Originally Posted by BLUE TII
48 stations for almost 40 million people (the population of California). That's a long queue if everyone decided to fill up at the same time
Seriously, there's still a LONG way to go before H2 becomes practical. I think that it will happen, but not before 2030 IMHO. Unless we are talking about very small areas, as you say.
By 2030 the next Rx will be out of production, so that leaves us with the "small areas" part. Does this mean that Mazda should design a car thinking only about San Fransisco, Los Angeles and Tokyo buyers? The rest of the world (that would generate at the very least 90% of the total sales)? Who cares!
That doesn't make sense IMHO, designing a product so that its cost increases just because a minority of its users MAY use the dual fuel capacity, while EVERYONE pays for it.
Ok, the car would be dual fuel, so it could also run on gas and it would not be dependent on the availability of hydrogen to function. But then what's the point of giving everyone an H2 fuel system if it's understood that the vast majority of the end users will only ever run the car on gas? It would just be a waste, as I said dead weight. Worse, dead weight one has to pay for.
The only approach that may work IMHO is the one that was adopted with the Rx-8: a base model that is gas-only and a special hydrogen/gas dual fuel vehicle. Maybe this time the dual fuel version could be orderable at any dealer, but apart from that it would be Rx-8 hydrogen encore.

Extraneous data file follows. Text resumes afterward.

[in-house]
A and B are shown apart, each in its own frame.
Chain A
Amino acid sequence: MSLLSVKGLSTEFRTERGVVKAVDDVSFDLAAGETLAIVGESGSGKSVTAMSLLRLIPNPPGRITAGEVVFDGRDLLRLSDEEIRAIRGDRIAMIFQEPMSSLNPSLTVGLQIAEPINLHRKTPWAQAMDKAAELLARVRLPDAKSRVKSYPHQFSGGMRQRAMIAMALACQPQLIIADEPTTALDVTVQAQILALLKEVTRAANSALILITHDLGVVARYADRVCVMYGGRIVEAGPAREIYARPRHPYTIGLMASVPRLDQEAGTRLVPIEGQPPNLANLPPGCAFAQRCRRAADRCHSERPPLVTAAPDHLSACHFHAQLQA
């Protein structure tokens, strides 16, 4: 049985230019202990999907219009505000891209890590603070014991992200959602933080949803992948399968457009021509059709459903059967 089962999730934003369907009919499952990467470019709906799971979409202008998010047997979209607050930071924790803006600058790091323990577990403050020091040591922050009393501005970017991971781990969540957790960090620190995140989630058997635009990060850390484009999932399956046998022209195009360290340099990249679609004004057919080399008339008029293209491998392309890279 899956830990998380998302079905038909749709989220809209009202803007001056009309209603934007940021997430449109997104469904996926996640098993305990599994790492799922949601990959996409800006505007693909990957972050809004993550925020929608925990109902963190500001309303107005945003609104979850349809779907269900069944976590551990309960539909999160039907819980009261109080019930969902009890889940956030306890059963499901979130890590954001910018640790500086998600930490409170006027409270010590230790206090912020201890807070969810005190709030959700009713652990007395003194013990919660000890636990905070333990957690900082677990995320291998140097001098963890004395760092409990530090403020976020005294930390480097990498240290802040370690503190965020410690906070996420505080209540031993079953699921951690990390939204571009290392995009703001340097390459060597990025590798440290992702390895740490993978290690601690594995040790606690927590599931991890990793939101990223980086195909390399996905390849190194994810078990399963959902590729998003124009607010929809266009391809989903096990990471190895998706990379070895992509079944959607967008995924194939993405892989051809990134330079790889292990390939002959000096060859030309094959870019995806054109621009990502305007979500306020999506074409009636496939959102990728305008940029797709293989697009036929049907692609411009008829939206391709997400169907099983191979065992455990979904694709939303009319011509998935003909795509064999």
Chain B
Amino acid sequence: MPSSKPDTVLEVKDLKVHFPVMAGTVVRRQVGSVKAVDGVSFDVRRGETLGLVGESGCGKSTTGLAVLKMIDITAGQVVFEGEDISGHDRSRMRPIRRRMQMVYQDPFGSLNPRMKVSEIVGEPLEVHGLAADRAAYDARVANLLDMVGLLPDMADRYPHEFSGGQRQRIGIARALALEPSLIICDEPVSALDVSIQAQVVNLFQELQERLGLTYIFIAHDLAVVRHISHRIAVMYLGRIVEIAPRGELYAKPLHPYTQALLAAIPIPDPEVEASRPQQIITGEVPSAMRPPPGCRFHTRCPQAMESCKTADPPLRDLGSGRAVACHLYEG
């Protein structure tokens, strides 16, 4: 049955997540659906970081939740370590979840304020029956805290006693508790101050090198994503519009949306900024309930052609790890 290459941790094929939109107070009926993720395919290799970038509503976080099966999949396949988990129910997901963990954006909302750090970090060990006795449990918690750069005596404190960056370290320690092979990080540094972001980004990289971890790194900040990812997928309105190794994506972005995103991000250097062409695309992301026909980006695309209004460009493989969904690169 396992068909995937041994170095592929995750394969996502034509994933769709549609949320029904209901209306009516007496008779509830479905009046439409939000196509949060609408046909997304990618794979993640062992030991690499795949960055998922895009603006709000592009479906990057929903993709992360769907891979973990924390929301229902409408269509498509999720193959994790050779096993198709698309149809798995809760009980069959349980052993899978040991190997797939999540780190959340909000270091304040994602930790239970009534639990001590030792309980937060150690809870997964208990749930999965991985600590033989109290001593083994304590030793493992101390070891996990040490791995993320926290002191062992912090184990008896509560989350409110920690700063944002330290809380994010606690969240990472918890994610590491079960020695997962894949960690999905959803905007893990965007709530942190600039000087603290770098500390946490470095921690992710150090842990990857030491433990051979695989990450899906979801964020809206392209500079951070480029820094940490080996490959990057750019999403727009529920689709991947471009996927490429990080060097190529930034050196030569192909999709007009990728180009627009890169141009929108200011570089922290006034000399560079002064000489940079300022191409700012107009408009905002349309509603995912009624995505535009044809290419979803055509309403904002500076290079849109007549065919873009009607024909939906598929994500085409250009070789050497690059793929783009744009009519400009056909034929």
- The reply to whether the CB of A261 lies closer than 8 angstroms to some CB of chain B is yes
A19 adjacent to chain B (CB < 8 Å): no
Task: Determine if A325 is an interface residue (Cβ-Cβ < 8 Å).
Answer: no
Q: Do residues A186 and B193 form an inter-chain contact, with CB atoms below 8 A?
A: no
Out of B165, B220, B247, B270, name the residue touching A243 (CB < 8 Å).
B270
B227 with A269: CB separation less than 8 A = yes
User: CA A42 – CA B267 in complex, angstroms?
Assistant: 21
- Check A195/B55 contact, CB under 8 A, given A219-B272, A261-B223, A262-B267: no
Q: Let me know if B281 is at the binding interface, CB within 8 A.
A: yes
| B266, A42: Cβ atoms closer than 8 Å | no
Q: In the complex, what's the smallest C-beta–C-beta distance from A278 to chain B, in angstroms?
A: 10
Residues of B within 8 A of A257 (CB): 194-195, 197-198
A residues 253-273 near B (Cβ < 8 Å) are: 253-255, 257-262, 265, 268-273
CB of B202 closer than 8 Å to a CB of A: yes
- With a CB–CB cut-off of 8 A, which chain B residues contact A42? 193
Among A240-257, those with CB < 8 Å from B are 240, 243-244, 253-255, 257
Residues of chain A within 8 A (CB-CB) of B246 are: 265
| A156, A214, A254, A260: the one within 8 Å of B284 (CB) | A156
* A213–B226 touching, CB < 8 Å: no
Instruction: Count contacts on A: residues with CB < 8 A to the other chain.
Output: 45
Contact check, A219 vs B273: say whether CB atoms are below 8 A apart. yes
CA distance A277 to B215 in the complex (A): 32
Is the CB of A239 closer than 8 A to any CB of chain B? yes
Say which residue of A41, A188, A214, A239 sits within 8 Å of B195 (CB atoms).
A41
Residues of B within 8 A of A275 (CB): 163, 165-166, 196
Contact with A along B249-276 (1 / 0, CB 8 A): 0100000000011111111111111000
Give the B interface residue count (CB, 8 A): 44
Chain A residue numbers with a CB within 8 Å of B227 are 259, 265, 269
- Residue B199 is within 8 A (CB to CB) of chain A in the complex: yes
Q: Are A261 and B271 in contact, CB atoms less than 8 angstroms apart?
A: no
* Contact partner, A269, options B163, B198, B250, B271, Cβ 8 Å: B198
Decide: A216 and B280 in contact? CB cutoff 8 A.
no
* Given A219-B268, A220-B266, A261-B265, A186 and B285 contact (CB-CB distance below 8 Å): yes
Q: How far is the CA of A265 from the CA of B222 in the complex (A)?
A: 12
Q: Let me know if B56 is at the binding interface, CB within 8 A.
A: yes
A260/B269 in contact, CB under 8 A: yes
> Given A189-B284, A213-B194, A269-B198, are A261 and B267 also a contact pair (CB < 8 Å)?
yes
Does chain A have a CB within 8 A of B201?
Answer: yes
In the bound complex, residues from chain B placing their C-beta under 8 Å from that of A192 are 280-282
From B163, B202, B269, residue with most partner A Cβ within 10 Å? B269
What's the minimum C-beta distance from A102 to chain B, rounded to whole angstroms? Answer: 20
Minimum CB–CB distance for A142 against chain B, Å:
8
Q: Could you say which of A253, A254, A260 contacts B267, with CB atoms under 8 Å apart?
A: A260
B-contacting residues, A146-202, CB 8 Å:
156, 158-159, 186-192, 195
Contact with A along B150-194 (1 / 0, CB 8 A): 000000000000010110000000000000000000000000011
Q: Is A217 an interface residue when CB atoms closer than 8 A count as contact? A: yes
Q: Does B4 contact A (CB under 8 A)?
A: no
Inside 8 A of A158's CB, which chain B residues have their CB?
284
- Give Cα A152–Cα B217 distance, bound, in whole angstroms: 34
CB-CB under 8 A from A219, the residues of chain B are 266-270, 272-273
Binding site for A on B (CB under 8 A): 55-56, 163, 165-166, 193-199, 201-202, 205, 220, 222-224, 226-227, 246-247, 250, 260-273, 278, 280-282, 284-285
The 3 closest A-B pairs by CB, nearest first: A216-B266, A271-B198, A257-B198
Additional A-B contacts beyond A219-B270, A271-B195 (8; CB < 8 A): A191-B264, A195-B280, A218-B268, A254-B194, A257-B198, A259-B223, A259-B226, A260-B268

That could work, but then where's the innovation over the Rx-8? The fact that it would be orderable at any dealership while the hydrogen Rx-8 was not?
As for the "This is where people live who would buy $60-70k rotary car." part, I see here
that less than 21% of all FDs in the USA are in California. Maybe it was higher when they were new, I don't know
A quick look here
indicates that more than 40000 FDs were produced in total (I'm not sure how many were manufactured in 1992, so I didn't count any for that year). So, putting those numbers together, about 5% of all FD's are in California. Some that were sold may no longer exist, but still that's a farly small percentage of the total.
Also California is the state with the highest population in the USA. Indeed the two states with the next highest population (Texas and Florida) come in 2nd and 3rd place in the FD registration numbers list as well. So if one were to correct those numbers to calculate "FDs pro capita", then the difference with other states may be even smaller.